Introduction: 3. Current Strengths3. Current StrengthsProfessional Practice EmphasisOur primary mission is the development of highly proficient design practitioners. Ourcurriculum focuses on preparing students for practice and engaging them in applied scholarshipthat advances the profession of landscape architecture. We employ real-world learningexperiences that enable students to meet the challenges of the 21st century. Our commitment tostudent-centered learning and practice-based education focuses design decision making withstrategies centered on the creation and management of sustainable built environments. We takepride in our collegial studio approach toward the integration of scholarship and communityoutreach with teaching. Our Program attracts highly qualified students who find excellentemployment opportunities after graduation. We prepare students for entry-level practiceinvolving them in a variety of project types and scales including community and campus masterplans; urban park systems, plazas and green streets; industrial restoration; habitat creation;neighborhood design; and more.Students learn to work collaboratively within multi-disciplinary working environments. Theyreceive experience in site planning and landscape planning within the scope of a variety ofproject scales and diverse programs. They practice and demonstrate applied knowledge indesign thinking, history and theory, landscape ecology, construction and site engineering, anddesign graphics including hand drawing and digital media with 3-D modeling. They receiveinstruction on Geographic Information Systems (GIS) with application for landscape planningand advanced opportunities to use the decision making tools of GeoDesign. Our studentscompete well in the national job market for their proficiencies in these areas as well as theirknowledge in professional practice, plants and design, and scholarship as applied to practice.We believe our students develop comprehensive design skills that advance the practice andprofession of landscape architecture.Sustainable Design for Arid EnvironmentsOur Program specializes in sustainable design for arid environments with applications thatextend beyond this region. We offer a range of opportunities for our students within Tucson,Arizona, and the Sonoran Desert as a learning laboratory for sustainable urban design,restoration of public and private lands, preservation of cultural heritage, and communityrevitalization. Service learning and outreach engagement is a primary core value.Our faculty research and courses are centered on best practices that emphasize design of wholefunctioning systems for human and ecological health. We prepare students for practice byproviding opportunities to participate in the development of emerging ideas. We promoteinclusive site development and decision making processes toward: effective stormwatermanagement, climate balance, air and water cleansing, erosion control, conservation practices,energy efficiency and production, cultural enhancement, human aesthetic experiences, andphysical and mental well-being.Location in Tucson, the Sonoran Desert, and the SouthwestThe MLA Program at The University of Arizona believes that the rich cultural heritage andphysical setting of the Sonoran Desert and Southwest provide an invaluable resource for theThe University of Arizona, Landscape Architecture Program Accreditation ReportPage 7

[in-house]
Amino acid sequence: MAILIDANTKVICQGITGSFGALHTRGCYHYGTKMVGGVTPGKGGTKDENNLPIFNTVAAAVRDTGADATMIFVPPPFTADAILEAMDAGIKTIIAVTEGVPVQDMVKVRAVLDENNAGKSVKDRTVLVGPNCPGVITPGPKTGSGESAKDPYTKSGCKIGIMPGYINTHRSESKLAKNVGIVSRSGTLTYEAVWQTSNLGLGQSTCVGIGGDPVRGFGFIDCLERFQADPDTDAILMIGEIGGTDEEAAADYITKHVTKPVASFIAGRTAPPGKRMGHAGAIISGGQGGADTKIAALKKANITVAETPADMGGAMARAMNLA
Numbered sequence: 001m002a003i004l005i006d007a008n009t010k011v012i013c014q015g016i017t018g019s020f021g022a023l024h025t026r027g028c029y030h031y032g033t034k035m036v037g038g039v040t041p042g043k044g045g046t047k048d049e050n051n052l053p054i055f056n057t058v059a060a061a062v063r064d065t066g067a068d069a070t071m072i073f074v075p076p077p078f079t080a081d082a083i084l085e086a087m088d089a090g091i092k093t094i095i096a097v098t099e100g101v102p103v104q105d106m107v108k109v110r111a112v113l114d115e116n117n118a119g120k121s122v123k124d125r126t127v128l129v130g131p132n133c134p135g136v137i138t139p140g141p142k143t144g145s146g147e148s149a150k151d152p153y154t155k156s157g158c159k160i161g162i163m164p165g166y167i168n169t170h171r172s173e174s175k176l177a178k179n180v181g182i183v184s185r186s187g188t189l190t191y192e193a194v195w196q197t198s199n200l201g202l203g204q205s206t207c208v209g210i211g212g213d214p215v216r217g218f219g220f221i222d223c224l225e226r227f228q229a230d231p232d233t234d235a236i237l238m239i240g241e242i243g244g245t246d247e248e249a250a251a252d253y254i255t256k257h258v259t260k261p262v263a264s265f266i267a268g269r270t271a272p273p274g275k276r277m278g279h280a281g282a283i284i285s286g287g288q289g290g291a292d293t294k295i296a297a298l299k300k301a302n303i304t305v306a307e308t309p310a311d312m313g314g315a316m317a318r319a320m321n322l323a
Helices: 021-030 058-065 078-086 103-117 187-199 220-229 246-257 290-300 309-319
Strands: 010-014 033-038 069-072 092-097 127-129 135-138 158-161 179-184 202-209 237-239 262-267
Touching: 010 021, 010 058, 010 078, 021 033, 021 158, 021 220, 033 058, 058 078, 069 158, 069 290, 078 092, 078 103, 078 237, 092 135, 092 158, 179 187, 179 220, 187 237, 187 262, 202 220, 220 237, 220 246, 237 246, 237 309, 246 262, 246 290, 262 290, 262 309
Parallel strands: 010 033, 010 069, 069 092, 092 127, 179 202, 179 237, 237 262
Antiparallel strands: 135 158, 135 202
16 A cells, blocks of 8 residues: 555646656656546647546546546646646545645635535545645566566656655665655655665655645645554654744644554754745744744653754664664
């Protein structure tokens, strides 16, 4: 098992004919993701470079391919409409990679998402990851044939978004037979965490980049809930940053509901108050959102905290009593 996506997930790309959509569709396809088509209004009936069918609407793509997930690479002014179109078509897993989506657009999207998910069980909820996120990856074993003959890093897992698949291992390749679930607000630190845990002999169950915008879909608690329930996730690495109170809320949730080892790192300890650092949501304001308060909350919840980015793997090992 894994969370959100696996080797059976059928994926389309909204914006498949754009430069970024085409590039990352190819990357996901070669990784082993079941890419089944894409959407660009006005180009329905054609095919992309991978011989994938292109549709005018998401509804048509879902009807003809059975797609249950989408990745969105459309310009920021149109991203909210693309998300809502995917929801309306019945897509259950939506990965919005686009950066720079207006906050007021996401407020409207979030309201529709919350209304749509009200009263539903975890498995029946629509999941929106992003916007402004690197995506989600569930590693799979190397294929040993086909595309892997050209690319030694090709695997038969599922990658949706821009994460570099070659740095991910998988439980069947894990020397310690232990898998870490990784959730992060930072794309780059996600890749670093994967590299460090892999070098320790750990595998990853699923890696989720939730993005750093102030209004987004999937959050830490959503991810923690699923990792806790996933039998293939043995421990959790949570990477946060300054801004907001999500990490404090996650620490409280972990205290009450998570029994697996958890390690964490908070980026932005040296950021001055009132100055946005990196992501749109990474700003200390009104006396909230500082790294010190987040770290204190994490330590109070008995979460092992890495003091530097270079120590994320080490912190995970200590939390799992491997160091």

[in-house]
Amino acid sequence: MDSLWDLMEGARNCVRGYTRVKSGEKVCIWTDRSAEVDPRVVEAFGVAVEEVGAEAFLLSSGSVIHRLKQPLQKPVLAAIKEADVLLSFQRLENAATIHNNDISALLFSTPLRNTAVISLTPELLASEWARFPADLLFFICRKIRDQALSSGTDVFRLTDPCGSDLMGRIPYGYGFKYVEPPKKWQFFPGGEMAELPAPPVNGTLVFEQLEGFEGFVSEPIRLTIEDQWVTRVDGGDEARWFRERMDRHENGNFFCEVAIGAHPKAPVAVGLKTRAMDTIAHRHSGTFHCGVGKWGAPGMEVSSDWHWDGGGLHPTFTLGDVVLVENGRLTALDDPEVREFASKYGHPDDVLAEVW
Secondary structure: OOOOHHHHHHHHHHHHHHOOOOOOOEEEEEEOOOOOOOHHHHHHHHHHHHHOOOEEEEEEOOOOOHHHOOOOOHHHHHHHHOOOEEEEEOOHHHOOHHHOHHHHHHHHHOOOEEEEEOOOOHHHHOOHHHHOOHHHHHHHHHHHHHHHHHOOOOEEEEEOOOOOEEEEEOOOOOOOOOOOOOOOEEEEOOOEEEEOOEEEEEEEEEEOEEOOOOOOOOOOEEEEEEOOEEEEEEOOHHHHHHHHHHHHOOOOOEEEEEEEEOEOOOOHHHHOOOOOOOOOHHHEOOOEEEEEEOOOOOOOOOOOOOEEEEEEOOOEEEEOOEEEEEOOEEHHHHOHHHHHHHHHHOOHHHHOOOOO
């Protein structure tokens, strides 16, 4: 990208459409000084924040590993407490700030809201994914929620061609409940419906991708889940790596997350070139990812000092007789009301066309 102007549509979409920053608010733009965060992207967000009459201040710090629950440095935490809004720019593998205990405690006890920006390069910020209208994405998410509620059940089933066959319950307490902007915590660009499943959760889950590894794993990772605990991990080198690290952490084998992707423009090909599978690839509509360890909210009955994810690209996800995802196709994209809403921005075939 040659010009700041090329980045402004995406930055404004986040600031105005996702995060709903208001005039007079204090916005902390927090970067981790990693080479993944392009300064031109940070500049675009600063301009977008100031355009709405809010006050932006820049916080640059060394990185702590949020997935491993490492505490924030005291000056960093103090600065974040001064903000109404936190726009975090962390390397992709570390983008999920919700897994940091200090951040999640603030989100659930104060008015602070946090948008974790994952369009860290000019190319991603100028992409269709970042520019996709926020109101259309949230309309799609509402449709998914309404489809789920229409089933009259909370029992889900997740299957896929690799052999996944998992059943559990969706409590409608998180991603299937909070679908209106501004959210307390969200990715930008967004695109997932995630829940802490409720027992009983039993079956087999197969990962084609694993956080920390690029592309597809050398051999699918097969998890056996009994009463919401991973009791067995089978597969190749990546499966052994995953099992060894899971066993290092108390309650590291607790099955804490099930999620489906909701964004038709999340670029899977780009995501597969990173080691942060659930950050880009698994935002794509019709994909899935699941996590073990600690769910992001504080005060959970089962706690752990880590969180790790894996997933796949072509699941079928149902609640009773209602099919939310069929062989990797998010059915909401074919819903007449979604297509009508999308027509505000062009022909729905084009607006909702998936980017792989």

Introduction: 3. Current Strengthsstudy and practice of landscape architecture. In 2006, Arizona became the fastest growing statein the nation.The population of Arizona is predicted to double by 2040 and becomeolder and more diverse. Population growth will bring 410 million squarefeet of new non-residential construction and 293,000 residential units inTucson, alone. Challenged by edge conditions of an extreme climate,Arizona has been designated as ground zero for climate change andassociated declines of the desert ecosystem and water supplies. Currentsprawl-oriented development is unsustainable in the Sun Corridor andpotential conflicts between agricultural, recreational, and urban land usesare both foreseeable and preventable (CAPLA Strategic Plan, 20132017).The pressure of rationalizing rapid population growth with diminishing natural resources is asignificant challenge for the profession and for our MLA Program. We seek to advance andpromote the conservation and stewardship of human, intellectual, cultural, financial, andenvironmental resources within our region. We use this laboratory to enhance our wellestablished belief in the benefits of place-based learning where connections can be madebetween desert ecology and our diverse cultural heritage toward appropriate and sustainabledesign.Location at the UA Research and a Land Grant UniversityThe University of Arizona is a public research University and belongs to the prestigiousAssociation of American Universities. The location of the School of Landscape Architectureand Planning at The University of Arizona is an ideal setting that engages our intellectualcommunity in significant shared teaching, research, and outreach opportunities that serve theState of Arizona and its diverse population.As part of the land-grant institution in Arizona, the MLA Program has undertaken significantoutreach and service in all three years of the curriculum including theses and master’s reports.Approximately 70% of all studio projects are for real communities and clients.Interdisciplinary OpportunitiesThe MLA Program has been successful in building interdisciplinary relationships withacademic departments, centers, and institutes across the campus as well as community groups,public agencies, and private corporations around important topics of urban revitalization,landscape performance, water and habitat conservation, cultural heritage and interpretation,visual quality, outdoor learning, transit, and health and well-being.Faculty and students have been engaged with other UA units including: Institute of theEnvironment, the College of Science, the School of Natural Resources, the College ofEducation, Eller College, College of Public Health, and the Water Resource Research Center toname a few. Faculty members have collaborated with other universities; examples include theUniversity of California, Maryland University, and Idaho State University. Research andoutreach partnerships have included the National Park Service; the Navajo Nations; localgovernment agencies including Pima County, City of Tucson, and Arizona Towns of Greer,Bisbee, Springerville, Show Low, Marana, and Pinetop. Faculty and students have partneredwith organizations including Biosphere 2, Rain Bird, and the Raytheon Corporation.The University of Arizona, Landscape Architecture Program Accreditation ReportPage 8

Introduction: 3. Current StrengthsInternational relationships have been developed in Sonora including Puerto Lobos, San Carlos,Mexico; Amman, Jordan; Panama City, Panama; Birzeit; Palestine; and Muscat, Oman.Affiliation and Integration with CAPLA and Other Programs at the UniversityThe MLA Program is located in the School of Landscape Architecture and Planning atCAPLA. The two academic units have autonomy with respect to program missions and goals,curricular issues, faculty meetings, faculty reviews, and budgets. There are however,opportunities for these programs to interact and collaborate on common areas of interestincluding site planning, urban planning, landscape planning, and tools made available throughGeoDesign. GeoDesign is an emerging field in which technology is merged with design,research, and analytical rigor toward the development of decision making strategies for bestpractices in physical planning and urban design. This evolving field fosters integration betweenplanning, landscape architecture, and architecture. The MS in Planning Program offers aconcentration in GeoDesign with the intent to establish a certificate of GeoDesign open to allUA students. As this evolves, there are currently several courses available to lands

of Landscape Architecture curriculum; phase-out of landscape architecture courses is initiated with the 1993-1994 academic year. July 1994 The Bachelor of Landscape Architecture curriculum is accredited for a normal five-year period. January 1995 The Master of Landscape Architecture Program is moved to a former